Fracking doesn't use BTEX chemicals

Fracking uses cancer-causing BTEX chemicals. Or does it?


Groups and individuals that are against fracking in the UK will often claim that fracking fluid contains harmful BTEX chemicals - Benzene, Toluene, Ethylbenzene and Xylene.

These are not used in fracking fluid in the US as far as we can ascertain, and certainly won't be used here in the UK where the various environment agencies have to approve of anything being pumped underground and where regulations dictate any such substances must be non-hazardous to groundwater.

Where they have been encountered in the US is in the waste fluids produced from shale OIL wells in places like North Dakota.

BTEX chemicals are aromatic organic chemicals that are closely associated with oil. They are found naturally in oil wells, where they were formed as part of the process that transformed plant and marine matter into hydrocarbons hundreds of millions of years ago. 

They are not introduced into shale oil wells, they are taken out of them with the flowback wastewater and the target oil. 

You don't find them in "dry" shale gas wells because the rock in those reservoirs has been "cooked" for longer at high pressure and depth.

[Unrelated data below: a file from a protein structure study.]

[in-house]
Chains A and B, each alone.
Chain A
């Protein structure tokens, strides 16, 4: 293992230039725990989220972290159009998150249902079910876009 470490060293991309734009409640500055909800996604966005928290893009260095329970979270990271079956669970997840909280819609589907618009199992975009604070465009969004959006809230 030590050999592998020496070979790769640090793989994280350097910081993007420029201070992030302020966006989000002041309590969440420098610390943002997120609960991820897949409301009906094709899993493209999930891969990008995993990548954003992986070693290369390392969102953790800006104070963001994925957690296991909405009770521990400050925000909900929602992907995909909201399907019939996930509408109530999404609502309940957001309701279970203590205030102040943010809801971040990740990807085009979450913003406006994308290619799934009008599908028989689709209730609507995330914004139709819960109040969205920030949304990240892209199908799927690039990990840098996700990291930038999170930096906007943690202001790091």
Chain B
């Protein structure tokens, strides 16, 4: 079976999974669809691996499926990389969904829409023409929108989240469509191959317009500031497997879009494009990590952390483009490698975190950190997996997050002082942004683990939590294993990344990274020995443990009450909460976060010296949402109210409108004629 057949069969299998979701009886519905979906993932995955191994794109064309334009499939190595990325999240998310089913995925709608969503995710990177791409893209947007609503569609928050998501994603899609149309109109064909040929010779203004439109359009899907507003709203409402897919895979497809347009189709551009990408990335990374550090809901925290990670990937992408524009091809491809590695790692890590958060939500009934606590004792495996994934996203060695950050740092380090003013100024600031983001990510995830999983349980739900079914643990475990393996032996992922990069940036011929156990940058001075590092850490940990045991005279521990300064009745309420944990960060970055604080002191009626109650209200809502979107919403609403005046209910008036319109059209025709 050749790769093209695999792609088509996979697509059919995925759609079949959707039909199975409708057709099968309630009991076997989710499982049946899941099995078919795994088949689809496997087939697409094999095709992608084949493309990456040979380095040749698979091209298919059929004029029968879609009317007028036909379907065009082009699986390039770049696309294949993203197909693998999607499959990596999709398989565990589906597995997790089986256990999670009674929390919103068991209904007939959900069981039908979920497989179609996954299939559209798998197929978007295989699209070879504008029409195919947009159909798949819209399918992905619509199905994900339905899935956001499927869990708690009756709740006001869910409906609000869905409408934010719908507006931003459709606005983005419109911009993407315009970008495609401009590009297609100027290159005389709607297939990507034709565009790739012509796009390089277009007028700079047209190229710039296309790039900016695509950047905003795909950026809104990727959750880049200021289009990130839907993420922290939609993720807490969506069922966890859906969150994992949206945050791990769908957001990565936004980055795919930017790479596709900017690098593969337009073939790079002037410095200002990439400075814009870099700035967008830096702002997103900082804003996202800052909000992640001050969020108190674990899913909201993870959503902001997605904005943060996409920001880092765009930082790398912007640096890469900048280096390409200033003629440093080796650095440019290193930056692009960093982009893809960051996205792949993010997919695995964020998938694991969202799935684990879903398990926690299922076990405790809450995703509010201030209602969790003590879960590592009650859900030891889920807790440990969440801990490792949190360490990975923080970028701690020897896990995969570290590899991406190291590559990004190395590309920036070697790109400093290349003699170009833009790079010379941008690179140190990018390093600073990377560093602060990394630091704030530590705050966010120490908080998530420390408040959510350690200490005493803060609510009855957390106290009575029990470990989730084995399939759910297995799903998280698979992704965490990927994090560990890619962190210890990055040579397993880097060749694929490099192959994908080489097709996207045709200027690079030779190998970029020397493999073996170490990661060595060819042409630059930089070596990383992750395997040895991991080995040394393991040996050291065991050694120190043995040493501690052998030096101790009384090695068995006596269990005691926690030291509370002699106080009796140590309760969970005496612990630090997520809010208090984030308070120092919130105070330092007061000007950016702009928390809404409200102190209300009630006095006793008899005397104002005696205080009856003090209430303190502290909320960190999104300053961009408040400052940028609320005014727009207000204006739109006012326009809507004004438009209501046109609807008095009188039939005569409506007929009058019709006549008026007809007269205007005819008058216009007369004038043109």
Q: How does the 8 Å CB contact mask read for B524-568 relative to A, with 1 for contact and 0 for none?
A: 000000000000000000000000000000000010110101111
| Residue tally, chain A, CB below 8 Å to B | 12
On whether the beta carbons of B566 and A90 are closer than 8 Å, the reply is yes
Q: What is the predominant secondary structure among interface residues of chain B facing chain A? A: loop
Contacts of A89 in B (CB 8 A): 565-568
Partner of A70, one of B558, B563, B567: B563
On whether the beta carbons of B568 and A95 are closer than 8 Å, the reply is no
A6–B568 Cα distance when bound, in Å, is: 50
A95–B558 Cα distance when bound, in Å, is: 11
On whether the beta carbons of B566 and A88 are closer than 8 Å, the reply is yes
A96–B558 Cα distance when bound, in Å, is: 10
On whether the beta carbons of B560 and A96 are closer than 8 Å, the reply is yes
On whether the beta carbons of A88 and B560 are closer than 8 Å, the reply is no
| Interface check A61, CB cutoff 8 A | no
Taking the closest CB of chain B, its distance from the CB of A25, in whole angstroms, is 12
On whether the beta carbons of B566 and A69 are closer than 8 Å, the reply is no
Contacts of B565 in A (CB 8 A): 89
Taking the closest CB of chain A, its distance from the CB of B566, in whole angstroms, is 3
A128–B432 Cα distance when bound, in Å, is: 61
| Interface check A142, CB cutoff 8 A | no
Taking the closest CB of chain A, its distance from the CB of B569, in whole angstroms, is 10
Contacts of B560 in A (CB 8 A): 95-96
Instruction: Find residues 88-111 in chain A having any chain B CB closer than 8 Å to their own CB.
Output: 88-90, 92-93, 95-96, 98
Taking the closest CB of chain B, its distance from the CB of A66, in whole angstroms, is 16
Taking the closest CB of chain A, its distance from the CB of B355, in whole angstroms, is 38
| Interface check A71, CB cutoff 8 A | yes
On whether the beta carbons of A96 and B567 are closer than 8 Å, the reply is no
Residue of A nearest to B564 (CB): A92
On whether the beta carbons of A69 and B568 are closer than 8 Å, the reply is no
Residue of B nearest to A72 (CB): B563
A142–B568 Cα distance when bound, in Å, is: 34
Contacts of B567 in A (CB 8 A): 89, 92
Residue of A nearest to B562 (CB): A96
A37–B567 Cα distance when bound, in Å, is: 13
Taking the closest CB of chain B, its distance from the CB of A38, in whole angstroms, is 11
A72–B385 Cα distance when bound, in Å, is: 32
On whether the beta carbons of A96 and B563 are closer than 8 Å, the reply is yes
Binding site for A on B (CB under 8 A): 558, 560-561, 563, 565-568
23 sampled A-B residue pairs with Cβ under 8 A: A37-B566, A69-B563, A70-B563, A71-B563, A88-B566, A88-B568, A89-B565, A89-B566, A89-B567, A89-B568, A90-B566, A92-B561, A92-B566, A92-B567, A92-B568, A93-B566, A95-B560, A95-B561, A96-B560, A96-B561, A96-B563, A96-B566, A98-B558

There's virtually no chance of being exposed to BTEX chemicals in the UK as a result of shale gas fracking activities.

However, if you drive a petrol or diesel car, then you will have inhaled BTEX chemicals every time you've ever refuelled because they are present in both of those liquid fuels. So, if you're really worried about BTEX chemicals, stop driving. 

Benzene itself is also used in rubber and plastics manufacture, dyes, detergents and even the synthetic fibres in cigarette filters. Toluene and Xylene are used as solvents in medicine manufacture. Ethylbenzene is used as a solvent in inks, paints and varnishes. Readers are advised to avoid these every-day products too if concerned about exposure to BTEX chemicals (especially cigarettes where the BTEX vapours are inhaled directly...)

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